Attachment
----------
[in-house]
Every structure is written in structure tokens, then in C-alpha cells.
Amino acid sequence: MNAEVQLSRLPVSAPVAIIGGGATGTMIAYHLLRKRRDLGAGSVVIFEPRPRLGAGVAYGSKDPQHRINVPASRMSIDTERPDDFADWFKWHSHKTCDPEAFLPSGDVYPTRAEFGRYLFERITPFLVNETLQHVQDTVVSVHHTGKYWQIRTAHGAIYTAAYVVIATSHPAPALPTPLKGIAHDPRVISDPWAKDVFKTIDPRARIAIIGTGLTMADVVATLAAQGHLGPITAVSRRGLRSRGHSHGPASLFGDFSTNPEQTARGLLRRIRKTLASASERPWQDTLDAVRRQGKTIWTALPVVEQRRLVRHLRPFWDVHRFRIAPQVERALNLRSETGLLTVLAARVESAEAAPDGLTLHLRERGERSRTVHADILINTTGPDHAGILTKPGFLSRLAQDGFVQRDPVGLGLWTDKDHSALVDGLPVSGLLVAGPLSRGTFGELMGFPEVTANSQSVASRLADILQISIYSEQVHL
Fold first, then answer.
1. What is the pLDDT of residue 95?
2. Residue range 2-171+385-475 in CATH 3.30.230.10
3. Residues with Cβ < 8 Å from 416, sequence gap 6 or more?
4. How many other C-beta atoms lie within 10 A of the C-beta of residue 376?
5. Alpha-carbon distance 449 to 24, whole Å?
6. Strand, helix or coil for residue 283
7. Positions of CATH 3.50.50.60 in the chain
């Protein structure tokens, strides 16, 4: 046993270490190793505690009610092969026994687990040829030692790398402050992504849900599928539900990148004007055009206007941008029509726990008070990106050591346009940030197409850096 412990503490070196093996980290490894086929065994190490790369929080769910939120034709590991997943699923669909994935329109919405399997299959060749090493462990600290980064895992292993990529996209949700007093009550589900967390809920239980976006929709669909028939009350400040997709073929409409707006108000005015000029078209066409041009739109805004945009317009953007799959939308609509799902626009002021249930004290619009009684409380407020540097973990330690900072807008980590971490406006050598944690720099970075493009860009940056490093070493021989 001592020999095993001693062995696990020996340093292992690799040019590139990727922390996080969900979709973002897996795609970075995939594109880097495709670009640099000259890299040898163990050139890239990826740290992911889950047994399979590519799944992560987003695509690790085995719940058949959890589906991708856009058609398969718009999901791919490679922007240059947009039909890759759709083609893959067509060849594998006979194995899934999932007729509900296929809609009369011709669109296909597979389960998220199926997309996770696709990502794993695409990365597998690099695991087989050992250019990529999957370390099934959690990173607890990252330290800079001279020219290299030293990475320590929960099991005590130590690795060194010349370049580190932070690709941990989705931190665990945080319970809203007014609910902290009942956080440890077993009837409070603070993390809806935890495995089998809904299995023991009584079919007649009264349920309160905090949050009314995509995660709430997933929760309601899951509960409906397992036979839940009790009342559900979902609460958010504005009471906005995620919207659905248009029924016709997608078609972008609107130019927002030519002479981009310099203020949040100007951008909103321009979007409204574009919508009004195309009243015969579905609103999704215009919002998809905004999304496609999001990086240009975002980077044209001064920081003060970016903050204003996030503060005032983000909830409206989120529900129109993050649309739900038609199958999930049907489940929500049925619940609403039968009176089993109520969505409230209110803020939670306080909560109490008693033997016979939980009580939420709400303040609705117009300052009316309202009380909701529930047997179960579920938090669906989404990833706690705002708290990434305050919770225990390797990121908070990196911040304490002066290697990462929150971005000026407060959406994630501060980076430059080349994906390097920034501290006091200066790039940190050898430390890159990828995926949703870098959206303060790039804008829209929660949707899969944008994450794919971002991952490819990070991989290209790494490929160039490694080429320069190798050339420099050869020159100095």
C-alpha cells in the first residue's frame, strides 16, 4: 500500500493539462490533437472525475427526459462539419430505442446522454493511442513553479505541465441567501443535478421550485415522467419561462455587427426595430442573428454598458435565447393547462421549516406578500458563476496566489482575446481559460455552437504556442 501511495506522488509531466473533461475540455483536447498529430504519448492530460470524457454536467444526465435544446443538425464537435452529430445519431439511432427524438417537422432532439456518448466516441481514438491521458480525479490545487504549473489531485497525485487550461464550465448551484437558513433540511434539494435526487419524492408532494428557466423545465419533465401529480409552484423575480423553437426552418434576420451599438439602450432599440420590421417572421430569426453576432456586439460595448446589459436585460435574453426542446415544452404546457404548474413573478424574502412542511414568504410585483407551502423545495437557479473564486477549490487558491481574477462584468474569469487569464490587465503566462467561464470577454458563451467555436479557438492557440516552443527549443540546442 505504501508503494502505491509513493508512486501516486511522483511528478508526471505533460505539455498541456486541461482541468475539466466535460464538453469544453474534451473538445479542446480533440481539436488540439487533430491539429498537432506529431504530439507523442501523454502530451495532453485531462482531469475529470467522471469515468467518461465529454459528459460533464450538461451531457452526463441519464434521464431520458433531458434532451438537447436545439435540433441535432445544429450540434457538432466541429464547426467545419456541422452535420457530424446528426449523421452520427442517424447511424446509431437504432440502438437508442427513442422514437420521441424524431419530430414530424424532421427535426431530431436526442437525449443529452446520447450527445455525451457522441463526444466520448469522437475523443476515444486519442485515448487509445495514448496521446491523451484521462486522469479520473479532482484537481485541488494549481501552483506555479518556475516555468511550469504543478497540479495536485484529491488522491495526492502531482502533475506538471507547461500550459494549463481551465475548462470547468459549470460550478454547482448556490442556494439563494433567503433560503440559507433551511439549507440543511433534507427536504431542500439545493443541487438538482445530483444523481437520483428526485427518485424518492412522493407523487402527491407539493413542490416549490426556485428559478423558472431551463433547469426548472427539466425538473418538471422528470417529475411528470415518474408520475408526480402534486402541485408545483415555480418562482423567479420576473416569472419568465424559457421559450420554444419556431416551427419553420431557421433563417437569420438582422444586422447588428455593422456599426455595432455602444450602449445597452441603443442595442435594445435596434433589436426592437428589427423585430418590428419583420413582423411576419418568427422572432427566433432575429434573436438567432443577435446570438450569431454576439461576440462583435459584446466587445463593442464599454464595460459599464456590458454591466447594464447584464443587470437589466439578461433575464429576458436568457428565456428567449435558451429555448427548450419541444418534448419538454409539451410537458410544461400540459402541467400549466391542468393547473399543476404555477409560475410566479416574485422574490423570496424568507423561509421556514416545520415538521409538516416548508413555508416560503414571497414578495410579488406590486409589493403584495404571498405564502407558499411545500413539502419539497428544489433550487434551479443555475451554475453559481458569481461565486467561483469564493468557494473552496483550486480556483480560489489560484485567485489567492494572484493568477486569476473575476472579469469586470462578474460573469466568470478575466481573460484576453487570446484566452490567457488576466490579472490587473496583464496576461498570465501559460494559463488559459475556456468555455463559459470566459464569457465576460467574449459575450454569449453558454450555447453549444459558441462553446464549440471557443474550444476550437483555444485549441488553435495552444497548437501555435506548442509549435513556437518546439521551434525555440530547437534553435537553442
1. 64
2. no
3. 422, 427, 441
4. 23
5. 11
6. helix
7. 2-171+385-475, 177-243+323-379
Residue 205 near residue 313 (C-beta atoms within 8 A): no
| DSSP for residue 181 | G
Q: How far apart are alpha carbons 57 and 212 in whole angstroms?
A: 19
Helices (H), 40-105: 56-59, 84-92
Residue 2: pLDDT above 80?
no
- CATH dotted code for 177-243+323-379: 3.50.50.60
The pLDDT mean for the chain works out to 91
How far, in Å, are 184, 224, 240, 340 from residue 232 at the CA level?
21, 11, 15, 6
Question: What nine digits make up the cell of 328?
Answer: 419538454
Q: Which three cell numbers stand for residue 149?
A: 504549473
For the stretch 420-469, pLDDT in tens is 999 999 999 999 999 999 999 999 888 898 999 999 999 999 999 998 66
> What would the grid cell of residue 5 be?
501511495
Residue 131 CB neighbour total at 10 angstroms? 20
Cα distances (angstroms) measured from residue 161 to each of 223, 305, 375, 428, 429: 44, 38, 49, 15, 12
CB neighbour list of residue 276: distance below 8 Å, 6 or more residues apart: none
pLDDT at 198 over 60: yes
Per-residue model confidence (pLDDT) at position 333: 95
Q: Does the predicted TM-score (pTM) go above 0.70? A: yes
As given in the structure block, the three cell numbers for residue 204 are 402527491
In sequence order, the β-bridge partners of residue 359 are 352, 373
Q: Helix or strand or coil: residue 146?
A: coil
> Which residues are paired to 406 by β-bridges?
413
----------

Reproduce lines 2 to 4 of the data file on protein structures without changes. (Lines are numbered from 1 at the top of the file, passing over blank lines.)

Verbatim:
Every structure is written in structure tokens, then in C-alpha cells.
Amino acid sequence: MNAEVQLSRLPVSAPVAIIGGGATGTMIAYHLLRKRRDLGAGSVVIFEPRPRLGAGVAYGSKDPQHRINVPASRMSIDTERPDDFADWFKWHSHKTCDPEAFLPSGDVYPTRAEFGRYLFERITPFLVNETLQHVQDTVVSVHHTGKYWQIRTAHGAIYTAAYVVIATSHPAPALPTPLKGIAHDPRVISDPWAKDVFKTIDPRARIAIIGTGLTMADVVATLAAQGHLGPITAVSRRGLRSRGHSHGPASLFGDFSTNPEQTARGLLRRIRKTLASASERPWQDTLDAVRRQGKTIWTALPVVEQRRLVRHLRPFWDVHRFRIAPQVERALNLRSETGLLTVLAARVESAEAAPDGLTLHLRERGERSRTVHADILINTTGPDHAGILTKPGFLSRLAQDGFVQRDPVGLGLWTDKDHSALVDGLPVSGLLVAGPLSRGTFGELMGFPEVTANSQSVASRLADILQISIYSEQVHL
Fold first, then answer.